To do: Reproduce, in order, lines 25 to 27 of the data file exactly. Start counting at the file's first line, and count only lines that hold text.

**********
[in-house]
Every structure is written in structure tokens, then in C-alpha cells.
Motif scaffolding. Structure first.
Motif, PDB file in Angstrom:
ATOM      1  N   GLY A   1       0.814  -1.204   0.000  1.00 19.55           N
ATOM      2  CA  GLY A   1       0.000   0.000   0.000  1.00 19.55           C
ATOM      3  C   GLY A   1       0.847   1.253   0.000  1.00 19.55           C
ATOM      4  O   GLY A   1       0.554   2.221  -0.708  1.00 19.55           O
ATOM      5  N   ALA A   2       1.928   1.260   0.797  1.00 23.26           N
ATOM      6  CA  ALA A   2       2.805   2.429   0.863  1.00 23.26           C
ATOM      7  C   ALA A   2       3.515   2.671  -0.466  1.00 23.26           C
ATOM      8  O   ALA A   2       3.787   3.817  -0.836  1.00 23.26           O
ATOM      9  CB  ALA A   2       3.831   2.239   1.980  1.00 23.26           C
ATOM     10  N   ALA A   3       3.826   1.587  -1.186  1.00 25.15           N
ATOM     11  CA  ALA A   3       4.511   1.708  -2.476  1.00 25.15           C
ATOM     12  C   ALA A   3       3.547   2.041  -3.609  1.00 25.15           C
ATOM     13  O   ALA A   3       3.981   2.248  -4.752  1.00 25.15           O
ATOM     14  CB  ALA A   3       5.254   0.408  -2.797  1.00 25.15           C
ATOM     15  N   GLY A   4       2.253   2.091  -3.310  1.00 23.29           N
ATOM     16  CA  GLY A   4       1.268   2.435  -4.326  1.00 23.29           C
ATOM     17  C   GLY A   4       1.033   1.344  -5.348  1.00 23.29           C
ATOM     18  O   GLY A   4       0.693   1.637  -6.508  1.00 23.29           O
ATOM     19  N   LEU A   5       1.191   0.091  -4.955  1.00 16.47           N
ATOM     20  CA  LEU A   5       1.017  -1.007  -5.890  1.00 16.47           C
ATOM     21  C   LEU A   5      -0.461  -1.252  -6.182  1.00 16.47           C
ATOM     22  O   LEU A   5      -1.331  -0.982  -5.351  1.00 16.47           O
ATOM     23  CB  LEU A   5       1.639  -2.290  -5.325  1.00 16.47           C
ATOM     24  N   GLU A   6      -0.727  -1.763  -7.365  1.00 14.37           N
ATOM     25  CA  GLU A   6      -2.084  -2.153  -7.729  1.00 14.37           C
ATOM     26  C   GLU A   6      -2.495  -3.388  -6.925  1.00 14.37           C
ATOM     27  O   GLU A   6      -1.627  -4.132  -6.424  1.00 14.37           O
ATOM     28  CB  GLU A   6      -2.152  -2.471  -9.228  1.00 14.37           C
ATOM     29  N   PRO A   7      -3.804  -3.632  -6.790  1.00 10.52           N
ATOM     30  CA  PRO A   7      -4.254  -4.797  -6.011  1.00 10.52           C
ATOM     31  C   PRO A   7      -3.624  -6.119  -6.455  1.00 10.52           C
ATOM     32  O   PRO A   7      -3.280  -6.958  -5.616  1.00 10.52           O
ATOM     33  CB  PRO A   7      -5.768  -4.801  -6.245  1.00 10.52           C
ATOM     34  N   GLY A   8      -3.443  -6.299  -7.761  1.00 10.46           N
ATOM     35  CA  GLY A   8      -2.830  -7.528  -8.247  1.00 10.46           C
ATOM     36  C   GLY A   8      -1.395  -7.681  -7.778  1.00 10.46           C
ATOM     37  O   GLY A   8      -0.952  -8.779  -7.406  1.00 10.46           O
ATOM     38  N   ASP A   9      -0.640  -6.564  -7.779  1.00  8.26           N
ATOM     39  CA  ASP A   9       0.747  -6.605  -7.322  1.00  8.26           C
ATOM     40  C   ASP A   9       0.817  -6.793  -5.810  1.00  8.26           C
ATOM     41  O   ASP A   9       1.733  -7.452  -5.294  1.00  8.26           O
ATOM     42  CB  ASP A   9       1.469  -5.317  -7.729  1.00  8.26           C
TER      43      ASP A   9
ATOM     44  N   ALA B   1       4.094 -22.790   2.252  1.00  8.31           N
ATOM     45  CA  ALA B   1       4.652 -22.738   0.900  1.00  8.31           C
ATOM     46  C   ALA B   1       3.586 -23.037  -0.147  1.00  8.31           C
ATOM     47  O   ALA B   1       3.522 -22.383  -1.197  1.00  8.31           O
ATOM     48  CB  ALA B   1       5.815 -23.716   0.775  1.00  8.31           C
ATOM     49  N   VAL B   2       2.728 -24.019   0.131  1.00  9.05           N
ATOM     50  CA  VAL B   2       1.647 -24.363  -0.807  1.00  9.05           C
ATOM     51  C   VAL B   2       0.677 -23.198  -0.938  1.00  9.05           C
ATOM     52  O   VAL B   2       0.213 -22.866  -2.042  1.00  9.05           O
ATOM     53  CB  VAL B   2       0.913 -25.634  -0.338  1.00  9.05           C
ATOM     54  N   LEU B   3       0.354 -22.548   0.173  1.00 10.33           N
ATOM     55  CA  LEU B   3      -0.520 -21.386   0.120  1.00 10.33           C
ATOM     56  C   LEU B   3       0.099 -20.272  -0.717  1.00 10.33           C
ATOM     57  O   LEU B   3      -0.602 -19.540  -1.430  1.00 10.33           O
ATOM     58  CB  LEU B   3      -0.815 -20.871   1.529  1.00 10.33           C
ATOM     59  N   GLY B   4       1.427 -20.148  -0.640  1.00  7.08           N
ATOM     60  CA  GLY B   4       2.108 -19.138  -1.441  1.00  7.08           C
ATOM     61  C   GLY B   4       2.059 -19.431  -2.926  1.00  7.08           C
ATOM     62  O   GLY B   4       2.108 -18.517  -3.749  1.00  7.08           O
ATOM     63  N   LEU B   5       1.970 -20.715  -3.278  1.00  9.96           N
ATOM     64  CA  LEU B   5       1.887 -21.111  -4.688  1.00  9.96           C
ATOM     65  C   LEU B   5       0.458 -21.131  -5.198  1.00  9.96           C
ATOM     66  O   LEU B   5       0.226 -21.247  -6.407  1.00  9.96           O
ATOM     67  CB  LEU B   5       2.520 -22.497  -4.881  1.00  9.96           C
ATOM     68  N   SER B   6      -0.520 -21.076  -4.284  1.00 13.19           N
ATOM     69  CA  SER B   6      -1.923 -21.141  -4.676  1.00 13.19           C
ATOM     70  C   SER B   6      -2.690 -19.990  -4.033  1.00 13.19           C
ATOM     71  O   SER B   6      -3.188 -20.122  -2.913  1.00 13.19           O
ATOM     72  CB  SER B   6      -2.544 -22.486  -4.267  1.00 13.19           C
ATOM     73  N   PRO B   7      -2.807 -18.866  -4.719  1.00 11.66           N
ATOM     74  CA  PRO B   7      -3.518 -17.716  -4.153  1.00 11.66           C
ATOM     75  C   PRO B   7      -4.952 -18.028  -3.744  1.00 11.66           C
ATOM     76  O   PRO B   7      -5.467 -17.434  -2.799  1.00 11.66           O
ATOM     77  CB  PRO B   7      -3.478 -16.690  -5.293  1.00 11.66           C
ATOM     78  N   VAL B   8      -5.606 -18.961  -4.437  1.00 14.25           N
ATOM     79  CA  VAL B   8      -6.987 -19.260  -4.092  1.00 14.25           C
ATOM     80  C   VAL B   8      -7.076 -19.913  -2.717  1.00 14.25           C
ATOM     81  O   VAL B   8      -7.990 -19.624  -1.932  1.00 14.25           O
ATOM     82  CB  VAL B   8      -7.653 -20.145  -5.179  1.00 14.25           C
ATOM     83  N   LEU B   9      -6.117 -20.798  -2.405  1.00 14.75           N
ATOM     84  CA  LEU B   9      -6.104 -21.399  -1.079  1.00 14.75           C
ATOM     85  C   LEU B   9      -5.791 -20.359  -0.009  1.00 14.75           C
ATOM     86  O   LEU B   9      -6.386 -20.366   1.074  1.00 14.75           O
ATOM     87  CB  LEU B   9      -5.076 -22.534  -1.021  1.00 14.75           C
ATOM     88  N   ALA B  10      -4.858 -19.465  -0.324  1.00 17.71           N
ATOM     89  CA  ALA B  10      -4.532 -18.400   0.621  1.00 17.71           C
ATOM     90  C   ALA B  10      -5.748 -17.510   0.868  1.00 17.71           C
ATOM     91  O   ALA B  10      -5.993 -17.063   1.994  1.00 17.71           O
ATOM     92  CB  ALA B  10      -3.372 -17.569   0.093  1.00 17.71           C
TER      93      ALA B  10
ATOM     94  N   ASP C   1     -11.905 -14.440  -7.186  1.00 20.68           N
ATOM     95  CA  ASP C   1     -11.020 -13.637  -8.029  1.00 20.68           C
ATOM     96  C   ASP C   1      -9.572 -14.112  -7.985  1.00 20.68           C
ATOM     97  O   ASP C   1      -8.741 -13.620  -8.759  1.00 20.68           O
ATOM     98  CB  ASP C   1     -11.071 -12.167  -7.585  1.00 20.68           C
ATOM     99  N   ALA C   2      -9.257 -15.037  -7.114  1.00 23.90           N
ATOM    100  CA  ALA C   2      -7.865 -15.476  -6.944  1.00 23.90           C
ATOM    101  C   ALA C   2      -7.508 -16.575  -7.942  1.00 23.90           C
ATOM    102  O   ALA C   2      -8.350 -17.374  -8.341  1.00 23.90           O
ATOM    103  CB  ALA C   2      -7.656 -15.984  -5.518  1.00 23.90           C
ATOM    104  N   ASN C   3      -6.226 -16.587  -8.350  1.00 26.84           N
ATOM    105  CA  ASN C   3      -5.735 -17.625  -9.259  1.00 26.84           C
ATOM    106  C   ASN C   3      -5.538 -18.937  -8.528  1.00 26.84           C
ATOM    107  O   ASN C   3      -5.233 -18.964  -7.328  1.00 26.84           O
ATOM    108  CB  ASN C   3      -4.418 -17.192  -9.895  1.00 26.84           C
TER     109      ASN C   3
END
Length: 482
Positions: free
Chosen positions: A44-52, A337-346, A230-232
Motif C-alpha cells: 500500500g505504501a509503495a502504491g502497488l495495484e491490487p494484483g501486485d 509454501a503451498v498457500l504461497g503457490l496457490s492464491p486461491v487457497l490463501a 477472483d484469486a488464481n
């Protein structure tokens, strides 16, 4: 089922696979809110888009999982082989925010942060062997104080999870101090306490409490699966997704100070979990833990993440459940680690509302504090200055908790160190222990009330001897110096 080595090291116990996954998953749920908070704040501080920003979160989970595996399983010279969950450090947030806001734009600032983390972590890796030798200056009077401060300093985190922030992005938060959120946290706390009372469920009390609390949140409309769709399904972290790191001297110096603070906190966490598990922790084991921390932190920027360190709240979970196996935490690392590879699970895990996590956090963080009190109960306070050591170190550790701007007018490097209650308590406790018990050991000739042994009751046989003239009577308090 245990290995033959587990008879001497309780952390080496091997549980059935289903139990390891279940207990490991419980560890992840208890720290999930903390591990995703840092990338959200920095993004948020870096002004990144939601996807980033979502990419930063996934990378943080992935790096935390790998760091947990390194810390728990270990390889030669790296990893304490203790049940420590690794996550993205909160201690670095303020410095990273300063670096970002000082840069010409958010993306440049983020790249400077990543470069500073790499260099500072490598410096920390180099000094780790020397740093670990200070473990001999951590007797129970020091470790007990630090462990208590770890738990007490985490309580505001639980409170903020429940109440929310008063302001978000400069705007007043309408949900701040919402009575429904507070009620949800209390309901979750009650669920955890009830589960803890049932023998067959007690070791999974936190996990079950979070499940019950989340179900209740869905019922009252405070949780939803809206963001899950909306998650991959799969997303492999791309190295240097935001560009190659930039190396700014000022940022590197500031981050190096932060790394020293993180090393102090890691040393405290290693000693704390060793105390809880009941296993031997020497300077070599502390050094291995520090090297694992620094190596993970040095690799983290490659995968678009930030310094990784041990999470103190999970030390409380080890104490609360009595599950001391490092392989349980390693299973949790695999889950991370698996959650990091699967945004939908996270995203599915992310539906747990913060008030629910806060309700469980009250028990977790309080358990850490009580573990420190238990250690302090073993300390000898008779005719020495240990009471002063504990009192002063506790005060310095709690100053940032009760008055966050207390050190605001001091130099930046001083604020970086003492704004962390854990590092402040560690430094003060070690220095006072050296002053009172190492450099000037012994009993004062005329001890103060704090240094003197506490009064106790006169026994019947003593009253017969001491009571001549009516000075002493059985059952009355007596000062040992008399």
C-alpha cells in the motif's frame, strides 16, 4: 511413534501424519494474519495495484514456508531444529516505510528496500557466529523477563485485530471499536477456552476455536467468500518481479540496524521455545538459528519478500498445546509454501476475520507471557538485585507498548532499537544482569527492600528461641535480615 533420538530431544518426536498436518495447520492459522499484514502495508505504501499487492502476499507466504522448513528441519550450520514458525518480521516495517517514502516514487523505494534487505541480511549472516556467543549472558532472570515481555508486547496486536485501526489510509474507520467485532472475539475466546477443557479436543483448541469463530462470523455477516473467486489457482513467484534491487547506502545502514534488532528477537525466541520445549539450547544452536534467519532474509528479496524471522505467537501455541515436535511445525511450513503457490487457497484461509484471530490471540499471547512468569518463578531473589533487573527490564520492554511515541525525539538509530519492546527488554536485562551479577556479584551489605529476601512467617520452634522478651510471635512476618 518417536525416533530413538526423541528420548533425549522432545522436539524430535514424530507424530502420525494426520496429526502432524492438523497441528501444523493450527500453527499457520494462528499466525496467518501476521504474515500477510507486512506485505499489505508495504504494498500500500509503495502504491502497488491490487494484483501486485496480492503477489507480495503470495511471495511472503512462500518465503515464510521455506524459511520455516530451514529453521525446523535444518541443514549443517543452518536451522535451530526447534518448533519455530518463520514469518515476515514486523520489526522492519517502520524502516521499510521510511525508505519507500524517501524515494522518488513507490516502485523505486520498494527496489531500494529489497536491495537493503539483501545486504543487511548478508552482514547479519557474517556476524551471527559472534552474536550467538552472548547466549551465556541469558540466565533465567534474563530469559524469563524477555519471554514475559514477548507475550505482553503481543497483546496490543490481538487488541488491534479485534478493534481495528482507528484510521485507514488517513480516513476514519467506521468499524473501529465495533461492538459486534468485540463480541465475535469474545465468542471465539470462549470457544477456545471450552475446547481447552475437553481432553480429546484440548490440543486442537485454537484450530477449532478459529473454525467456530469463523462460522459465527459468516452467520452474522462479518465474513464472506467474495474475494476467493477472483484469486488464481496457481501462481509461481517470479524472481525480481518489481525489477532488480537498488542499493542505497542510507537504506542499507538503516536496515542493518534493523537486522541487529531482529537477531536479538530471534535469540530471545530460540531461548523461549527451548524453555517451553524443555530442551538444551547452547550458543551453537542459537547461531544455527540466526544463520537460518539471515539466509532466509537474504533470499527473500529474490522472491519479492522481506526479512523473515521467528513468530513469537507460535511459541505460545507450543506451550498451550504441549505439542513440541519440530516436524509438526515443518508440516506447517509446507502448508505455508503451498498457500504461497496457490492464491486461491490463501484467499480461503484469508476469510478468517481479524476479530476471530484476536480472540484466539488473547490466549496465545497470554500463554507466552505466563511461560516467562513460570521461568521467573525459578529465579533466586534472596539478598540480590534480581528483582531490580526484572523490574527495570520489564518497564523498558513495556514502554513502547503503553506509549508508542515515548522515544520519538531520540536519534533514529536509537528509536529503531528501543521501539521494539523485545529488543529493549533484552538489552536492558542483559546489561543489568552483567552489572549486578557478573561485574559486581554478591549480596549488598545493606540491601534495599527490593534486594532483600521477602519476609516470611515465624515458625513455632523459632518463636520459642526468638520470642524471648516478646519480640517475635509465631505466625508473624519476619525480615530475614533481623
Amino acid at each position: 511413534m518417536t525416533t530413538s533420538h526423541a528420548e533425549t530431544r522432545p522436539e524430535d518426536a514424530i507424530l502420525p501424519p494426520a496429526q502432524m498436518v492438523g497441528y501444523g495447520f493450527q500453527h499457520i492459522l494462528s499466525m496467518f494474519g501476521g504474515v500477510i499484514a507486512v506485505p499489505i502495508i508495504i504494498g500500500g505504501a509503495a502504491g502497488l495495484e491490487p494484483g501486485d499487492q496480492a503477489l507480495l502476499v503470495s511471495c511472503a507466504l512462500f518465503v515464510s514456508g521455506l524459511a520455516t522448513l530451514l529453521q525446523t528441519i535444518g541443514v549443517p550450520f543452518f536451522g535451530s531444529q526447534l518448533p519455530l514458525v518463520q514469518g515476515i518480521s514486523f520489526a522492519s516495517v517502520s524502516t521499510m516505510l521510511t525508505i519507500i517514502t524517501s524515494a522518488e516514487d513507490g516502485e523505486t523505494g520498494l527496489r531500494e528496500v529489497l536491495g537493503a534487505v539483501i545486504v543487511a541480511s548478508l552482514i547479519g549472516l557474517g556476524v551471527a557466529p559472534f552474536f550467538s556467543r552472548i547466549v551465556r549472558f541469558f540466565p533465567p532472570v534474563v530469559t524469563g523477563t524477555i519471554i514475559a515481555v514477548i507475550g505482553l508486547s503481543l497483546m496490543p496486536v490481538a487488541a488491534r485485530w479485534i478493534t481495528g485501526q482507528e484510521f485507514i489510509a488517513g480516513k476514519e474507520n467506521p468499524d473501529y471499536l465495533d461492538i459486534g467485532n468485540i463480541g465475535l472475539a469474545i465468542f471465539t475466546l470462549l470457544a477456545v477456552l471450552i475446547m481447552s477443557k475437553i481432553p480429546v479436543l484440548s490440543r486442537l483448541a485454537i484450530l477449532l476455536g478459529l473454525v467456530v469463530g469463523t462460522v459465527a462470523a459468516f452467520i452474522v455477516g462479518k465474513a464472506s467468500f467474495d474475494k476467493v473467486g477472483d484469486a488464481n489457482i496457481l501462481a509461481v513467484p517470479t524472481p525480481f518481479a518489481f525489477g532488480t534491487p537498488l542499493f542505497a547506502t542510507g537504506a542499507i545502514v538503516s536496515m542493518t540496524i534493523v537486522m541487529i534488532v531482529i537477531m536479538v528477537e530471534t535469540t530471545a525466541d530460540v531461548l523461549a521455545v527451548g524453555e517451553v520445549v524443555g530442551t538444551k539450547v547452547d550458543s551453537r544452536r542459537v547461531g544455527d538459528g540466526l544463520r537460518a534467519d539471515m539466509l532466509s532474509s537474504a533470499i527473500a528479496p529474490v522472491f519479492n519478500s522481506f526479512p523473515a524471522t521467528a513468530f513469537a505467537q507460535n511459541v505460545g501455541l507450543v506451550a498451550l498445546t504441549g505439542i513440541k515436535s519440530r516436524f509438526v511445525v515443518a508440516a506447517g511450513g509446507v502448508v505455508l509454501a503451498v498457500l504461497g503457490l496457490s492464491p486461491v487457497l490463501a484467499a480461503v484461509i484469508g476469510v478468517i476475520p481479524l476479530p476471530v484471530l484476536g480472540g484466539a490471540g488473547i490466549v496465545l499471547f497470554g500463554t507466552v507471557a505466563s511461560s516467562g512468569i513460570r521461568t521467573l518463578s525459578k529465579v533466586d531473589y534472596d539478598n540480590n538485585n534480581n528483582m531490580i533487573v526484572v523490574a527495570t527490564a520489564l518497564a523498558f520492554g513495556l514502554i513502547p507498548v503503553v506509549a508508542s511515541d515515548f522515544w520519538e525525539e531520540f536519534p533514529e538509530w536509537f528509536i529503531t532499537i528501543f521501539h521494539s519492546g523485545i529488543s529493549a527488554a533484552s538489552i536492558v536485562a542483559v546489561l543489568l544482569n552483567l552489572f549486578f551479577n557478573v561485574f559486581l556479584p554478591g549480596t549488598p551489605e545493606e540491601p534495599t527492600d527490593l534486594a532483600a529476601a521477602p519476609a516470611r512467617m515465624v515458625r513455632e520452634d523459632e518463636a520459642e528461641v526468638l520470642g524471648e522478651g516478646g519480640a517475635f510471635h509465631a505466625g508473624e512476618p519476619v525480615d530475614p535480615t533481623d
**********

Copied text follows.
ATOM     21  C   LEU A   5      -0.461  -1.252  -6.182  1.00 16.47           C
ATOM     22  O   LEU A   5      -1.331  -0.982  -5.351  1.00 16.47           O
ATOM     23  CB  LEU A   5       1.639  -2.290  -5.325  1.00 16.47           C